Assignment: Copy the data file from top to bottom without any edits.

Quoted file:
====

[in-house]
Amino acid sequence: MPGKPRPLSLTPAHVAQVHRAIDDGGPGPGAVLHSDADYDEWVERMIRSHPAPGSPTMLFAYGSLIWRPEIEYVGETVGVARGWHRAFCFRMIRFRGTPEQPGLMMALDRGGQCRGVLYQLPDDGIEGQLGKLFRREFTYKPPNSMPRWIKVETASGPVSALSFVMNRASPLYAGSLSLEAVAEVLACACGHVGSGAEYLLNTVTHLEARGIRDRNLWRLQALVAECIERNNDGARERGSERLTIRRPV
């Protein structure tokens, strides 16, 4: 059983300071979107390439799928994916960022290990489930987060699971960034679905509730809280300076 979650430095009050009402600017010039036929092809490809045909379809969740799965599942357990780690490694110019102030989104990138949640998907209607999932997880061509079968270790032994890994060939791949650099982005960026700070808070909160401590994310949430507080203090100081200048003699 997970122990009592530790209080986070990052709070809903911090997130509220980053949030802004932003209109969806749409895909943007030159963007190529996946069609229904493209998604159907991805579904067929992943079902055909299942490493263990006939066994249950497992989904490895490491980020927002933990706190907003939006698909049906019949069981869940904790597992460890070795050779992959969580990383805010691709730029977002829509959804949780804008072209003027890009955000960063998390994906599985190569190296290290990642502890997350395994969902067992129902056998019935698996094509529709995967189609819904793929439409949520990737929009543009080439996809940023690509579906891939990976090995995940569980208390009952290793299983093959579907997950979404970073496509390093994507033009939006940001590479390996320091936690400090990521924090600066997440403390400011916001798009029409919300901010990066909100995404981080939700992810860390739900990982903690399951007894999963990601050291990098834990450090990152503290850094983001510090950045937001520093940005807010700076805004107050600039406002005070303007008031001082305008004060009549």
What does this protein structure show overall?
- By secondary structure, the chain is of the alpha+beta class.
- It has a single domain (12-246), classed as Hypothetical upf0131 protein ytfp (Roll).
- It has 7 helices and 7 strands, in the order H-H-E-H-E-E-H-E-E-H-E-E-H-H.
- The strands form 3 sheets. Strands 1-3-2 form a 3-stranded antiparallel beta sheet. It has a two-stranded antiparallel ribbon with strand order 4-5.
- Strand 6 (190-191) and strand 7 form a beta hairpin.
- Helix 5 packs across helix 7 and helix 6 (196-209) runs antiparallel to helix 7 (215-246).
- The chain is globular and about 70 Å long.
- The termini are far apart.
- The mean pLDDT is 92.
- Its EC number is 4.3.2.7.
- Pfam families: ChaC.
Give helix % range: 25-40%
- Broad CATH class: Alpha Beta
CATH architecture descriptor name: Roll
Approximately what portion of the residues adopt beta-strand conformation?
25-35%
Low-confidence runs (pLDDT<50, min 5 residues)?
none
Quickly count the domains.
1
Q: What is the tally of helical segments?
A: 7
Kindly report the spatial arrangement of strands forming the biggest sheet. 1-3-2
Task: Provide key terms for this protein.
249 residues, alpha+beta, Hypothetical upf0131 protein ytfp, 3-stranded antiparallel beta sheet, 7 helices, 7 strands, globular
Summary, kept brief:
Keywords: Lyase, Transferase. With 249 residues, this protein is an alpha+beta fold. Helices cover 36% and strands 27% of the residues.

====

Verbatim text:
[in-house]
Amino acid sequence: MPGKPRPLSLTPAHVAQVHRAIDDGGPGPGAVLHSDADYDEWVERMIRSHPAPGSPTMLFAYGSLIWRPEIEYVGETVGVARGWHRAFCFRMIRFRGTPEQPGLMMALDRGGQCRGVLYQLPDDGIEGQLGKLFRREFTYKPPNSMPRWIKVETASGPVSALSFVMNRASPLYAGSLSLEAVAEVLACACGHVGSGAEYLLNTVTHLEARGIRDRNLWRLQALVAECIERNNDGARERGSERLTIRRPV
């Protein structure tokens, strides 16, 4: 059983300071979107390439799928994916960022290990489930987060699971960034679905509730809280300076 979650430095009050009402600017010039036929092809490809045909379809969740799965599942357990780690490694110019102030989104990138949640998907209607999932997880061509079968270790032994890994060939791949650099982005960026700070808070909160401590994310949430507080203090100081200048003699 997970122990009592530790209080986070990052709070809903911090997130509220980053949030802004932003209109969806749409895909943007030159963007190529996946069609229904493209998604159907991805579904067929992943079902055909299942490493263990006939066994249950497992989904490895490491980020927002933990706190907003939006698909049906019949069981869940904790597992460890070795050779992959969580990383805010691709730029977002829509959804949780804008072209003027890009955000960063998390994906599985190569190296290290990642502890997350395994969902067992129902056998019935698996094509529709995967189609819904793929439409949520990737929009543009080439996809940023690509579906891939990976090995995940569980208390009952290793299983093959579907997950979404970073496509390093994507033009939006940001590479390996320091936690400090990521924090600066997440403390400011916001798009029409919300901010990066909100995404981080939700992810860390739900990982903690399951007894999963990601050291990098834990450090990152503290850094983001510090950045937001520093940005807010700076805004107050600039406002005070303007008031001082305008004060009549």
What does this protein structure show overall?
- By secondary structure, the chain is of the alpha+beta class.
- It has a single domain (12-246), classed as Hypothetical upf0131 protein ytfp (Roll).
- It has 7 helices and 7 strands, in the order H-H-E-H-E-E-H-E-E-H-E-E-H-H.
- The strands form 3 sheets. Strands 1-3-2 form a 3-stranded antiparallel beta sheet. It has a two-stranded antiparallel ribbon with strand order 4-5.
- Strand 6 (190-191) and strand 7 form a beta hairpin.
- Helix 5 packs across helix 7 and helix 6 (196-209) runs antiparallel to helix 7 (215-246).
- The chain is globular and about 70 Å long.
- The termini are far apart.
- The mean pLDDT is 92.
- Its EC number is 4.3.2.7.
- Pfam families: ChaC.
Give helix % range: 25-40%
- Broad CATH class: Alpha Beta
CATH architecture descriptor name: Roll
Approximately what portion of the residues adopt beta-strand conformation?
25-35%
Low-confidence runs (pLDDT<50, min 5 residues)?
none
Quickly count the domains.
1
Q: What is the tally of helical segments?
A: 7
Kindly report the spatial arrangement of strands forming the biggest sheet. 1-3-2
Task: Provide key terms for this protein.
249 residues, alpha+beta, Hypothetical upf0131 protein ytfp, 3-stranded antiparallel beta sheet, 7 helices, 7 strands, globular
Summary, kept brief:
Keywords: Lyase, Transferase. With 249 residues, this protein is an alpha+beta fold. Helices cover 36% and strands 27% of the residues.